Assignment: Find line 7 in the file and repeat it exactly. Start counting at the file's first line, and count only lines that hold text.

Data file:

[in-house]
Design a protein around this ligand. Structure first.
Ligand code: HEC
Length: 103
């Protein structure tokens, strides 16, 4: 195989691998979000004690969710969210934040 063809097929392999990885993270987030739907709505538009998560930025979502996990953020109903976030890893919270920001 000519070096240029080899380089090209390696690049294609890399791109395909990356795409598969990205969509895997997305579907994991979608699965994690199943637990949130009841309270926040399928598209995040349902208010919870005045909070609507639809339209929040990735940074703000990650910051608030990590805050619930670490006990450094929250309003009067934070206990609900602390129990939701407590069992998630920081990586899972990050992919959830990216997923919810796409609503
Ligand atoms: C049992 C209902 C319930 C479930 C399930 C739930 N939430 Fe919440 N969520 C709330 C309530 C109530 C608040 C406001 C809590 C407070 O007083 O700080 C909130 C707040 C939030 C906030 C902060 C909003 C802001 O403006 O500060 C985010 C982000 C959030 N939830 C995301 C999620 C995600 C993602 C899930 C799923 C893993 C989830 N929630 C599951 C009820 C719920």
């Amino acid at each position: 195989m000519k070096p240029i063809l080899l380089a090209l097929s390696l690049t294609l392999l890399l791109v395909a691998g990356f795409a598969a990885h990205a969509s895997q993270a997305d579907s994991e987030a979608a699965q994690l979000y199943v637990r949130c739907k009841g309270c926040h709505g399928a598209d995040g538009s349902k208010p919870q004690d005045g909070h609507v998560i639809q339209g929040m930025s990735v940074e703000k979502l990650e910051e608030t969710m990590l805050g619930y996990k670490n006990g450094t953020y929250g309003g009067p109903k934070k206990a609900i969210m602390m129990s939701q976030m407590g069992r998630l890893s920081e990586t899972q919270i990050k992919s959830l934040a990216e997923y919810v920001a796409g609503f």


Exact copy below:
């Amino acid at each position: 195989m000519k070096p240029i063809l080899l380089a090209l097929s390696l690049t294609l392999l890399l791109v395909a691998g990356f795409a598969a990885h990205a969509s895997q993270a997305d579907s994991e987030a979608a699965q994690l979000y199943v637990r949130c739907k009841g309270c926040h709505g399928a598209d995040g538009s349902k208010p919870q004690d005045g909070h609507v998560i639809q339209g929040m930025s990735v940074e703000k979502l990650e910051e608030t969710m990590l805050g619930y996990k670490n006990g450094t953020y929250g309003g009067p109903k934070k206990a609900i969210m602390m129990s939701q976030m407590g069992r998630l890893s920081e990586t899972q919270i990050k992919s959830l934040a990216e997923y919810v920001a796409g609503f």